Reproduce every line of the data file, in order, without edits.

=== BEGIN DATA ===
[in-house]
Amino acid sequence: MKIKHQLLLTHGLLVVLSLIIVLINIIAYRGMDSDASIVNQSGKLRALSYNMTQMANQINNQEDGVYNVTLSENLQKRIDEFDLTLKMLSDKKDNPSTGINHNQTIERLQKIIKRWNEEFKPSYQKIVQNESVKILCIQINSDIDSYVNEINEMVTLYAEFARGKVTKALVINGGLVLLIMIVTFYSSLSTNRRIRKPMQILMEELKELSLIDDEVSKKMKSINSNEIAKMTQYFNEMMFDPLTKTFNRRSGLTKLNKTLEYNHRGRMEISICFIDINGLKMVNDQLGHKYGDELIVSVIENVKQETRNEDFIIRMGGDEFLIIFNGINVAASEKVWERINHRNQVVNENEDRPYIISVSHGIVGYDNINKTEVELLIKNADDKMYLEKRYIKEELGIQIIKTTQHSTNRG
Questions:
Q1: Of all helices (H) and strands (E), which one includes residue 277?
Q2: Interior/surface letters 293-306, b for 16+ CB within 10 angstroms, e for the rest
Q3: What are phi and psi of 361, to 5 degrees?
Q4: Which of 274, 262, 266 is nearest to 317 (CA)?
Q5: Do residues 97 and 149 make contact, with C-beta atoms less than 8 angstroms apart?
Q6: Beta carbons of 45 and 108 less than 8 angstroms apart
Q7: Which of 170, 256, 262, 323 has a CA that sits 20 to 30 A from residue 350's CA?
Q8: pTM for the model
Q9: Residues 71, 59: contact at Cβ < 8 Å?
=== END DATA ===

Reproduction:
[in-house]
Amino acid sequence: MKIKHQLLLTHGLLVVLSLIIVLINIIAYRGMDSDASIVNQSGKLRALSYNMTQMANQINNQEDGVYNVTLSENLQKRIDEFDLTLKMLSDKKDNPSTGINHNQTIERLQKIIKRWNEEFKPSYQKIVQNESVKILCIQINSDIDSYVNEINEMVTLYAEFARGKVTKALVINGGLVLLIMIVTFYSSLSTNRRIRKPMQILMEELKELSLIDDEVSKKMKSINSNEIAKMTQYFNEMMFDPLTKTFNRRSGLTKLNKTLEYNHRGRMEISICFIDINGLKMVNDQLGHKYGDELIVSVIENVKQETRNEDFIIRMGGDEFLIIFNGINVAASEKVWERINHRNQVVNENEDRPYIISVSHGIVGYDNINKTEVELLIKNADDKMYLEKRYIKEELGIQIIKTTQHSTNRG
Questions:
Q1: Of all helices (H) and strands (E), which one includes residue 277?
Q2: Interior/surface letters 293-306, b for 16+ CB within 10 angstroms, e for the rest
Q3: What are phi and psi of 361, to 5 degrees?
Q4: Which of 274, 262, 266 is nearest to 317 (CA)?
Q5: Do residues 97 and 149 make contact, with C-beta atoms less than 8 angstroms apart?
Q6: Beta carbons of 45 and 108 less than 8 angstroms apart
Q7: Which of 170, 256, 262, 323 has a CA that sits 20 to 30 A from residue 350's CA?
Q8: pTM for the model
Q9: Residues 71, 59: contact at Cβ < 8 Å?